"The Church is going to have to own the fact that we have been divided," Jackson said. "And the only group that has the capacity to rise above these ethnic differences is the Church of Jesus Christ. We need to learn how to forgive others. If we will forgive and extend grace and cry out to God, I believe God of justice will release to us a divine set of actions that will bring realignment to heal us."

A Coming Wave

Sheets says "An Appeal to Heaven" is more than a series of prayer meetings, but a movement designed to wake up the Body of Christ and let them know when it comes to America -- "It ain't over!"

"And I don't care what they [the courts] say about the unborn. I don't care what they say about marriage. It ain't over 'til God says it's over," Sheets said. "It's not settled law until God says it's settled law and we're going to change these things. There's got to be a hope that comes -- if we appeal to heaven, He can turn this thing around."

Lou Engle, whose prayer movement, "The Call," has brought millions together on behalf of this nation, predicts a wave of God's out-pouring that will be bigger than anything we've seen before.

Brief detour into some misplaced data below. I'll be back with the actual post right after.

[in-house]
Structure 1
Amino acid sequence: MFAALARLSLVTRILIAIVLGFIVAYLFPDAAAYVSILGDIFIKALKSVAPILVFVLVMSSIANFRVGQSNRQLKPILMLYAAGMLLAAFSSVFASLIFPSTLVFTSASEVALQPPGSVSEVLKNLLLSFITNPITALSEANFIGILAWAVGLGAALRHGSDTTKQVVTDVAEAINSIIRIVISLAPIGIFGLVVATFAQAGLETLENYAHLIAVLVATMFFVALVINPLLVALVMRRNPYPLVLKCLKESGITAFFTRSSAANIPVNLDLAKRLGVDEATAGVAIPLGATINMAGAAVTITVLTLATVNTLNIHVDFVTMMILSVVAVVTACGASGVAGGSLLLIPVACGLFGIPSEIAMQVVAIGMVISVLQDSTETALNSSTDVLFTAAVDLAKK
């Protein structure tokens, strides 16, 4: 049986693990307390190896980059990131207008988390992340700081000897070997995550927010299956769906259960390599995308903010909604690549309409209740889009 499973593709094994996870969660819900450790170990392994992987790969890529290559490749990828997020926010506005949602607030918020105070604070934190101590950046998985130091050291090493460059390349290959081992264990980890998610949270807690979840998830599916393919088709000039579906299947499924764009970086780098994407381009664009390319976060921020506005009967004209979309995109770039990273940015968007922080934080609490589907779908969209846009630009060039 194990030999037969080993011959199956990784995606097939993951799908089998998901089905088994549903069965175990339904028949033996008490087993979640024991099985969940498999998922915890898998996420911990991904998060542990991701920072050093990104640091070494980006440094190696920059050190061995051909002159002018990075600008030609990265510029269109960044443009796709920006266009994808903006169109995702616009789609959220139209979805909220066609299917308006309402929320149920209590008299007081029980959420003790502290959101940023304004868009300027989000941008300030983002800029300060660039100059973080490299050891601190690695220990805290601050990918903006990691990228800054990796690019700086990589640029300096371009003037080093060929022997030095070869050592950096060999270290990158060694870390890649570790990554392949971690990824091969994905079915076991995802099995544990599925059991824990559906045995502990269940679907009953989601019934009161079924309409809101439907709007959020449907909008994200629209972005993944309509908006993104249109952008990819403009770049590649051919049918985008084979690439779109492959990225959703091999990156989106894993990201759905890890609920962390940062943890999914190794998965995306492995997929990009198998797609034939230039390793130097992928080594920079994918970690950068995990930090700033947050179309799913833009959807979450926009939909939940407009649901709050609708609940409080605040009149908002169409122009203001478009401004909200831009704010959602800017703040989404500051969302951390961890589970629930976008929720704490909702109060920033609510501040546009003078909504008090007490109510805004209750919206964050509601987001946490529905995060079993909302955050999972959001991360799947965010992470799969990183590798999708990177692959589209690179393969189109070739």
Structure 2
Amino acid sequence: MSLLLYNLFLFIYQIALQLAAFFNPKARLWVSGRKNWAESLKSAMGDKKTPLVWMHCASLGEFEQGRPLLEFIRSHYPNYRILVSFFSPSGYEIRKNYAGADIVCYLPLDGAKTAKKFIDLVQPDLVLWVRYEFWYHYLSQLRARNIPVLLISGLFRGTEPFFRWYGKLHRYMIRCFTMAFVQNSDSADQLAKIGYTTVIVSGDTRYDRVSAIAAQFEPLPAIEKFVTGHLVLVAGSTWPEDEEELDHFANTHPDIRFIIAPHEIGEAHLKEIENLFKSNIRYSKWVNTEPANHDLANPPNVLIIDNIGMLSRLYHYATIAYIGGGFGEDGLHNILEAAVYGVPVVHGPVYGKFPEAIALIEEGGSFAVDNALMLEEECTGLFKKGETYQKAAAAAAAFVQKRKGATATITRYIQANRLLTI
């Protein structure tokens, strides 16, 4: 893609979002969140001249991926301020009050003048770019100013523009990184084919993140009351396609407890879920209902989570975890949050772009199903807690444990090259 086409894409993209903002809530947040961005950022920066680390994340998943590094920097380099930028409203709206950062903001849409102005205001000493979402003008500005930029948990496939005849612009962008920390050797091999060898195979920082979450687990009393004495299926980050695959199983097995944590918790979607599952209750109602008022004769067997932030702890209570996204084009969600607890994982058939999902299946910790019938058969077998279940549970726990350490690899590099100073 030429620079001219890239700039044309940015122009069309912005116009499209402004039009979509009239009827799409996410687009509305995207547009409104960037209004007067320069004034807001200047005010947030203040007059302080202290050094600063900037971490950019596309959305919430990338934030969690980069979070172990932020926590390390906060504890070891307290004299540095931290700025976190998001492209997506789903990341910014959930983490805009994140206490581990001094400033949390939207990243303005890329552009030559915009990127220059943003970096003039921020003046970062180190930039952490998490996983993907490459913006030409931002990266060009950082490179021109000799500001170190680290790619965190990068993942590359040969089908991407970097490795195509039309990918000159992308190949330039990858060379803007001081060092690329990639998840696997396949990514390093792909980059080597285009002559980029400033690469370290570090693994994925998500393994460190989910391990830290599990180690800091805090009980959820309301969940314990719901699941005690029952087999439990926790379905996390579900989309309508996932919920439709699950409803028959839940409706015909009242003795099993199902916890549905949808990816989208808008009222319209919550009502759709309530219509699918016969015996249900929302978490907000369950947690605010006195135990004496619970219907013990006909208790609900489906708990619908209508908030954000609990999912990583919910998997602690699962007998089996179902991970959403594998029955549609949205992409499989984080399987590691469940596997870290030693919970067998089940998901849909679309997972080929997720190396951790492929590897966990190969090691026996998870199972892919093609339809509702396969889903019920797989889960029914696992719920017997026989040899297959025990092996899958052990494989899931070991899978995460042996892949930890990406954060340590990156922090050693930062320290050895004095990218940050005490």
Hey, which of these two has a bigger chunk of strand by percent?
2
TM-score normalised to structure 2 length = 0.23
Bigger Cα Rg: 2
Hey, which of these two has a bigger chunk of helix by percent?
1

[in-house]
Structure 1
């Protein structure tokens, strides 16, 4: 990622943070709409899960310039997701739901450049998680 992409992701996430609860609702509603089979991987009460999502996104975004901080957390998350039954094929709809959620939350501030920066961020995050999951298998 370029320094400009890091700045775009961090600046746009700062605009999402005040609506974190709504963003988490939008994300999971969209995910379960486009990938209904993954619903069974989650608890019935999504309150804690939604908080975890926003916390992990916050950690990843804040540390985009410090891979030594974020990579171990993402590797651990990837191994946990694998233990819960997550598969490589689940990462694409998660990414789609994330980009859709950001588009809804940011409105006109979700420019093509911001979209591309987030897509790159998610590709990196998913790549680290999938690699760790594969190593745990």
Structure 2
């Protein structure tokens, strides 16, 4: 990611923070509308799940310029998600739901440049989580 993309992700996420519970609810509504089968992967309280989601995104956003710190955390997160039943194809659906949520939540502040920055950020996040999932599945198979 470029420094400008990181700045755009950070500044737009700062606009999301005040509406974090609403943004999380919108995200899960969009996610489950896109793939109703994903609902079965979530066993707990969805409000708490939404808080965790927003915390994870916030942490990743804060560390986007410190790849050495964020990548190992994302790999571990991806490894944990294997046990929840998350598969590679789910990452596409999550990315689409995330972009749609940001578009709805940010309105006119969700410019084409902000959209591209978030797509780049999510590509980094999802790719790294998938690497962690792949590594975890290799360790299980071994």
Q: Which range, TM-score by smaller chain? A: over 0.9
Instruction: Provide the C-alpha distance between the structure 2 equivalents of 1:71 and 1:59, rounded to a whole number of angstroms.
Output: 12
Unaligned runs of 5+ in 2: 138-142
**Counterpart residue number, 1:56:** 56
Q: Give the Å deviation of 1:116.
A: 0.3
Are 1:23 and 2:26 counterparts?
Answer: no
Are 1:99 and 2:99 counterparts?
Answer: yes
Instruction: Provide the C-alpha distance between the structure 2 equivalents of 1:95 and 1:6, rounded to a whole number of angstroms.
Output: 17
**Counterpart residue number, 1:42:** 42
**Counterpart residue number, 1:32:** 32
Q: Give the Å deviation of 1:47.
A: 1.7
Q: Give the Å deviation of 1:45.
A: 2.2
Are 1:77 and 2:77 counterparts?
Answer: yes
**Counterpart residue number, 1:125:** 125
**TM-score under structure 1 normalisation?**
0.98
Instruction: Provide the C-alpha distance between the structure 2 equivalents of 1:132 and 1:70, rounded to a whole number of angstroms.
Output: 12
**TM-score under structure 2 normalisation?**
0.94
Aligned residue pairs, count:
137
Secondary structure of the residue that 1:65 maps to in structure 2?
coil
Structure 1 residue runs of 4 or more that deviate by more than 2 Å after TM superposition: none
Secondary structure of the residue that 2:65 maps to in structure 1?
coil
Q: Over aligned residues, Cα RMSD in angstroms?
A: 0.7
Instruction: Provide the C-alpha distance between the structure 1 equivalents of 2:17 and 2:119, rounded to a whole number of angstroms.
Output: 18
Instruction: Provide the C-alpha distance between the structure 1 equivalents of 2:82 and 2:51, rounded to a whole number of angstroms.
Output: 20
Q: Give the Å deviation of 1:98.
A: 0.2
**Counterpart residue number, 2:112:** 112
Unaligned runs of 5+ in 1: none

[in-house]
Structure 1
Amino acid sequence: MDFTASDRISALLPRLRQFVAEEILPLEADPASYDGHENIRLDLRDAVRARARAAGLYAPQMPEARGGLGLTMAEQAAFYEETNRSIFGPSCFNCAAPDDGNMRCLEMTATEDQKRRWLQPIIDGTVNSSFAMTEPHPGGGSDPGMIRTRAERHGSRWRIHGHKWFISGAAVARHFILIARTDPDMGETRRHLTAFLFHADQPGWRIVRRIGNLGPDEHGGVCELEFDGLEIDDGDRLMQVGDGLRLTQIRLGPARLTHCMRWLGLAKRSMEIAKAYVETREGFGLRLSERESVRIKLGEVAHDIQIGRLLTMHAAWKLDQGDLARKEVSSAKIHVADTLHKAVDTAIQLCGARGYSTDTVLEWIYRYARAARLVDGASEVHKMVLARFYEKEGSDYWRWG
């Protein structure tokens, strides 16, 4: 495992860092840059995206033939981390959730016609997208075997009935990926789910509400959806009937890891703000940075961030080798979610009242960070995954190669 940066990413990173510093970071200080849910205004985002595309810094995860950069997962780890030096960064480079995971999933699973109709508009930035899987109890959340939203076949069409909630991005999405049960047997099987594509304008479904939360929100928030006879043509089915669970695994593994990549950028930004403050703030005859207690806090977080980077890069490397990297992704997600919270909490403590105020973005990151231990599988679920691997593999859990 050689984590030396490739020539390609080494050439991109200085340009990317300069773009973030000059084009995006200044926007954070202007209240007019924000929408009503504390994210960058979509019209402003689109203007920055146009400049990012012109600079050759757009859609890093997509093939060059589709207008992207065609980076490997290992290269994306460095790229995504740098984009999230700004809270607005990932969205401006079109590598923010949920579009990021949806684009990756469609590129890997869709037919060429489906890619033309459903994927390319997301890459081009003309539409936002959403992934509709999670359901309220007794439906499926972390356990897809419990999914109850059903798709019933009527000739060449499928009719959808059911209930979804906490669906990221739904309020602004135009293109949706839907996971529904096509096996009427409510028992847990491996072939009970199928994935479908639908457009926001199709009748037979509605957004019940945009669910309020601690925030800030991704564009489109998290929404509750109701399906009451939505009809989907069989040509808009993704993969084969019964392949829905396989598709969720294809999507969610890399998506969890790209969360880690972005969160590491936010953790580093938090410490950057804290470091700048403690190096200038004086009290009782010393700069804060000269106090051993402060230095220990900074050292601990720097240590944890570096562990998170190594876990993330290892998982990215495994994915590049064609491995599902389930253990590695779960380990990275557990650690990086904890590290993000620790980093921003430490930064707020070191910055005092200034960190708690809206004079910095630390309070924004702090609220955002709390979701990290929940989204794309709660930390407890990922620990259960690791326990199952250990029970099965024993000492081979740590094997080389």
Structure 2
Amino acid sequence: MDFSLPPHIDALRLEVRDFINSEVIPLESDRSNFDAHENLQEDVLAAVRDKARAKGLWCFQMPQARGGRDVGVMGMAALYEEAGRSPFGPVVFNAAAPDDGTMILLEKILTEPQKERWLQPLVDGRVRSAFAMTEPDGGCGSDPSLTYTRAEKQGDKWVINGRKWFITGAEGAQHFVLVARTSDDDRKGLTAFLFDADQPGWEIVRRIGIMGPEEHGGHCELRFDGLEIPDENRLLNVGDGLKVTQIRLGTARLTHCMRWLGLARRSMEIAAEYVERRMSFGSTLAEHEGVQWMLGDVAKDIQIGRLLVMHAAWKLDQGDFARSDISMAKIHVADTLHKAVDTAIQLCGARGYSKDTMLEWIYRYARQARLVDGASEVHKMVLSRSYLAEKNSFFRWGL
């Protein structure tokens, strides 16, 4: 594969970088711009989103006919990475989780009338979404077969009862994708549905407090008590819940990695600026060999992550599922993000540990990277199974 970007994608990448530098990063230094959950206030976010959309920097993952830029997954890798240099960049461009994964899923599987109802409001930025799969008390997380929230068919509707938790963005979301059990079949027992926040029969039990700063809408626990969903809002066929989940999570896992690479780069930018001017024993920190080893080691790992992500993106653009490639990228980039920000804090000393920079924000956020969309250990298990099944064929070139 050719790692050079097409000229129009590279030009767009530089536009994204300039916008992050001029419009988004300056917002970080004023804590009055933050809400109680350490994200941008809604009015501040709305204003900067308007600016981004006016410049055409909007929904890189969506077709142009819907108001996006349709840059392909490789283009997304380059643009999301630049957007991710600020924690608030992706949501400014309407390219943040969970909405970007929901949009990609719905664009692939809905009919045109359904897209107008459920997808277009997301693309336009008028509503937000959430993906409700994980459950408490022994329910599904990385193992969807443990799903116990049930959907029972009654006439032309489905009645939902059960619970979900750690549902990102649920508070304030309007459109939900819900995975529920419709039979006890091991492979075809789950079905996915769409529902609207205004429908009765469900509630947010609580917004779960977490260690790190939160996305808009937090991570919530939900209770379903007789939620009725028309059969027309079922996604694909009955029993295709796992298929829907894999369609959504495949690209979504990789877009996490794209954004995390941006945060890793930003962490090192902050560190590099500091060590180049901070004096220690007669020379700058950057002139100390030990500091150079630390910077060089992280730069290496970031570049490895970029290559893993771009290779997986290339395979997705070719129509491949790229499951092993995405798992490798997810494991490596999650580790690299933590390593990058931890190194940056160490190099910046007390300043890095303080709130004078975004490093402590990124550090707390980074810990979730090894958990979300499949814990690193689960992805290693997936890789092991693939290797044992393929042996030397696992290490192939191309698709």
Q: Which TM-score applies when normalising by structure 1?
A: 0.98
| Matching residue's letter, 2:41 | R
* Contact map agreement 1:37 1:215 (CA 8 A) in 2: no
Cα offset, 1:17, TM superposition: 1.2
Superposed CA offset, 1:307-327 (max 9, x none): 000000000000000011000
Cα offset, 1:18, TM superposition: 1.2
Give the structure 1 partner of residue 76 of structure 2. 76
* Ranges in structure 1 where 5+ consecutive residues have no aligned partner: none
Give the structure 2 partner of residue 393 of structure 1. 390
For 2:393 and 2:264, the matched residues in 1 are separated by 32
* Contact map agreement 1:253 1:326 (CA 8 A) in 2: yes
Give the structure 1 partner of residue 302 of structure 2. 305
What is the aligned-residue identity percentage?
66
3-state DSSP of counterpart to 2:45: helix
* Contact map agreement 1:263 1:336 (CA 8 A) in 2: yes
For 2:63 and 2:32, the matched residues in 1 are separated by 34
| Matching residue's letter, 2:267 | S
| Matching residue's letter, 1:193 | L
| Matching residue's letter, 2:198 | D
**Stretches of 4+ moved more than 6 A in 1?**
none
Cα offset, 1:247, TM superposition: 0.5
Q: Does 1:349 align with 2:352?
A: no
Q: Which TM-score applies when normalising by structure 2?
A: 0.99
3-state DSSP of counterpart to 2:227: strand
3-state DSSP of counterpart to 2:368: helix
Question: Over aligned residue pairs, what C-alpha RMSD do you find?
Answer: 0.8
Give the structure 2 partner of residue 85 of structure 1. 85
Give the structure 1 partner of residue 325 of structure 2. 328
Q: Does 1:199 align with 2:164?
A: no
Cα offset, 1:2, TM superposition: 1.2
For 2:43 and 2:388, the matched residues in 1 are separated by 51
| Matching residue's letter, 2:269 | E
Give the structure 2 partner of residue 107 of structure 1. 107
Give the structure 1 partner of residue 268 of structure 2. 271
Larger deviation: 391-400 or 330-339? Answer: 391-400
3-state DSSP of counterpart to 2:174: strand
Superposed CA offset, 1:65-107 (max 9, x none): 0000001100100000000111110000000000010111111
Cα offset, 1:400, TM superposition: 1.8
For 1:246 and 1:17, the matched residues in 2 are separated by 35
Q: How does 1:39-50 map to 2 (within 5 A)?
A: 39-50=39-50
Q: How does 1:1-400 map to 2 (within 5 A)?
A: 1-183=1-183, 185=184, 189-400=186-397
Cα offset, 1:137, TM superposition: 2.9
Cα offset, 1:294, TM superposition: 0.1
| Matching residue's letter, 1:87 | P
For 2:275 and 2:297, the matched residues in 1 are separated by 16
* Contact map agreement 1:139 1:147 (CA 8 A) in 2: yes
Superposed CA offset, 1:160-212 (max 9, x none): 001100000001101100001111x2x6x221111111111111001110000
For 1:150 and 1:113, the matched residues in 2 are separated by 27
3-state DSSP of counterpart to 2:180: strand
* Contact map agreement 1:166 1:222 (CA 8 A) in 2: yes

"And it won't be just fasting and prayer, but it will be a proclamation of my Gospel. Signs and wonders and stadiums will be filled," Engle exclaimed. "It's time for the Jesus movement. I feel we're in that shift. It's happening again.

Christians sharing a passion to see America turn back to God came here from across the country to be a part of this prayer movement.

"I'm an intercessor and a prayer warrior and I'm constantly praying for this nation, praying for this generation and I really just felt like God wanted me to be here," Brandon, a 20-something African-American man from New Jersey said.

"And we can believe that God will hear our cry and He'll shift things. So whatever that looks like, whatever the shift is, we can believe that He's for us, He's good and He's hearing our cry," Becky, a 40-something white woman from Kansas City said.

"I'm walking away with hope and I'm walking away with faith because I know God is moving," Ginger, a grandmother from Michigan, said.